For many women, pregnancy transforms them into beautiful, glowing goddesses. For others, however, they’re left clinging to any semblance of their normal selves as pregnancy hormones quickly alter their physical appearance. Highlighting hair can provide a relatively low-cost transformation and much-needed boost to a woman’s self-esteem, but many wonder if the chemicals and fumes present in hair dye are safe during pregnancy.
Not a lot is known about how the chemicals used in hair treatments affect an unborn baby. The types of chemicals used can vary from one manufacturer to another, and manufacturers often change the formula of any given product. For safety and ethical reasons, these products are not tested on pregnant women. However, the American College of Obstetrics and Gynecology believes that only a small amount of chemical is absorbed through the skin during the application process and is generally safe for the baby. Highlighting is actually considered safer than an overall color because the dye is not applied to the roots of the hair. Therefore, it does not absorb into the scalp.
Aside from the chemicals used in hair treatments, the noxious odors they emit can be potentially hazardous. Many hair treatments contain ammonia, which has a potent odor. Highlighting eliminates most of the ammonia fumes because the hair is enclosed in foil wrap. Many hair treatment products are now made with vegetable dyes, such as henna, that do not contain any ammonia at all. You can also reduce your exposure by choosing semi-permanent dyes, which contain less ammonia.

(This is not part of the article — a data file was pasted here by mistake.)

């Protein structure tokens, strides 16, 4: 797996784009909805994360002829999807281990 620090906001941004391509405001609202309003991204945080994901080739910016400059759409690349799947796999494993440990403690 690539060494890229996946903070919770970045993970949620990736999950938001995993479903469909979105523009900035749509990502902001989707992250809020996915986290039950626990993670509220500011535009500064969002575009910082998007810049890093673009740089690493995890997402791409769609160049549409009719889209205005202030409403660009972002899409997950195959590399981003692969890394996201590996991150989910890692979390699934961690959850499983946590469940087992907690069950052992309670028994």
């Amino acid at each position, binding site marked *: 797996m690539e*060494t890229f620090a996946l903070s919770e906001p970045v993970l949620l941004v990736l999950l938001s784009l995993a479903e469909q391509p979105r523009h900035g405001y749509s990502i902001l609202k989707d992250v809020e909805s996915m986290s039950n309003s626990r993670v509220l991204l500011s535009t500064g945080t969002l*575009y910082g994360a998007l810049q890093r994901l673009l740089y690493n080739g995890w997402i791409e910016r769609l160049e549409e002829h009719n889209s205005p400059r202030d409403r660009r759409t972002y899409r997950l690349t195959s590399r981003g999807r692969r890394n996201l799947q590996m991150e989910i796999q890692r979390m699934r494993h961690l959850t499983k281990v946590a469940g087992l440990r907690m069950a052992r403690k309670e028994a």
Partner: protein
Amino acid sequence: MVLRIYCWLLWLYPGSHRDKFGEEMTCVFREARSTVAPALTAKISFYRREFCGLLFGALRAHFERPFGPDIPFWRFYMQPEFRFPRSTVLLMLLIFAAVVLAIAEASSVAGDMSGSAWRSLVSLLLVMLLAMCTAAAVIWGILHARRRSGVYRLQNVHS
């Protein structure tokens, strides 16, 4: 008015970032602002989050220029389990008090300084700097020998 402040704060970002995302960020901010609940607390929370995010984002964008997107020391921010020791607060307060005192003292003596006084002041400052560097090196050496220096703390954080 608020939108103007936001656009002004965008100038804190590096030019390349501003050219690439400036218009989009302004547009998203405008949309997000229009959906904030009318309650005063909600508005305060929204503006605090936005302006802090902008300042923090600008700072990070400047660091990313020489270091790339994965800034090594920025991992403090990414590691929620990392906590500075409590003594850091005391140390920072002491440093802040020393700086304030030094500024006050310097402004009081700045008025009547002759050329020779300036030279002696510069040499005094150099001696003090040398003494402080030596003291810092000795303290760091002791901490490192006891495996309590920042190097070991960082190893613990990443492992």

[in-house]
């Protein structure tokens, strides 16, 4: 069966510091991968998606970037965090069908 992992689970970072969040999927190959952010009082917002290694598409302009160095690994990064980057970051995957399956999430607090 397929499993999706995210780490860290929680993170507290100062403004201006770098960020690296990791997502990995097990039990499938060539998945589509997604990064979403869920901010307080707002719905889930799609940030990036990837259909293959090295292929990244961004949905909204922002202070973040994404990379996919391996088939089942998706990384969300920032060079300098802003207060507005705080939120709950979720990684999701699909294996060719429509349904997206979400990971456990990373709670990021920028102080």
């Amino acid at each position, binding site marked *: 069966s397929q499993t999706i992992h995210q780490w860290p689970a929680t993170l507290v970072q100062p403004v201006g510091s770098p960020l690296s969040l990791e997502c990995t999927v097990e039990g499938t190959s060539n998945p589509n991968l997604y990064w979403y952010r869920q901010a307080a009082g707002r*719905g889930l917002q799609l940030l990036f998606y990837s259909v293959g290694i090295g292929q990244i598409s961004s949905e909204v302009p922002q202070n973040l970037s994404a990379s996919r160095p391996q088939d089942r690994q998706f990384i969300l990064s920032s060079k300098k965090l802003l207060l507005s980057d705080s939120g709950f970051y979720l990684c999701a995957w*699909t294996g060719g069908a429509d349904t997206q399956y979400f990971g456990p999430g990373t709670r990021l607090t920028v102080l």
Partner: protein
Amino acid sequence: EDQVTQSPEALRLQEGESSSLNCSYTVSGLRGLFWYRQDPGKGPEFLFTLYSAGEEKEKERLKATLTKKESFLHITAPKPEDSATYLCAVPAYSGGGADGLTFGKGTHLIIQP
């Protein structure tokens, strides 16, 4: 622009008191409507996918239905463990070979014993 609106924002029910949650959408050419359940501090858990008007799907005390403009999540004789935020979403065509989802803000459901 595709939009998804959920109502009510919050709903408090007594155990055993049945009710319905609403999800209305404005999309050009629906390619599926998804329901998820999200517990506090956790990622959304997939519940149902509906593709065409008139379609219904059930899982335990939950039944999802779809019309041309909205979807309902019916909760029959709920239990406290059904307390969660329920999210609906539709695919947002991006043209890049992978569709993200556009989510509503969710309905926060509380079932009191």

Many physicians recommend waiting until at least the second trimester before highlighting your hair. Regardless, you should always check with your health care provider before proceeding. If you use an ammonia-based product to highlight your hair, make sure to apply it in a well-ventilated area and wear a pair of disposable gloves. Follow the manufacturer’s directions and leave the dye on your hair only for the specified length of time. When the treatment is finished, rinse your hair completely until there is no residual dye.
If you want to reduce chemical exposure during your pregnancy, use a color-enhancing shampoo to extend the time between treatments. These shampoos temporarily add a small amount of color to your hair. Likewise, “hair mascara” is an easy-to-use wand applicator that coats the hair shaft with color. Hair mascara also eliminates exposure to toxic fumes.
Even though your doctor may have given you the go-ahead to highlight your hair and you feel it’s safe as well, you might want to hold off until well after your pregnancy anyway. Raging hormones, during your pregnancy as well as after, can actually alter the texture and make-up of your hair. As a result, hair dye might not affix to the hair shaft as you anticipate and can even produce a different color altogether.
Can I Dye my Hair While Pregnant?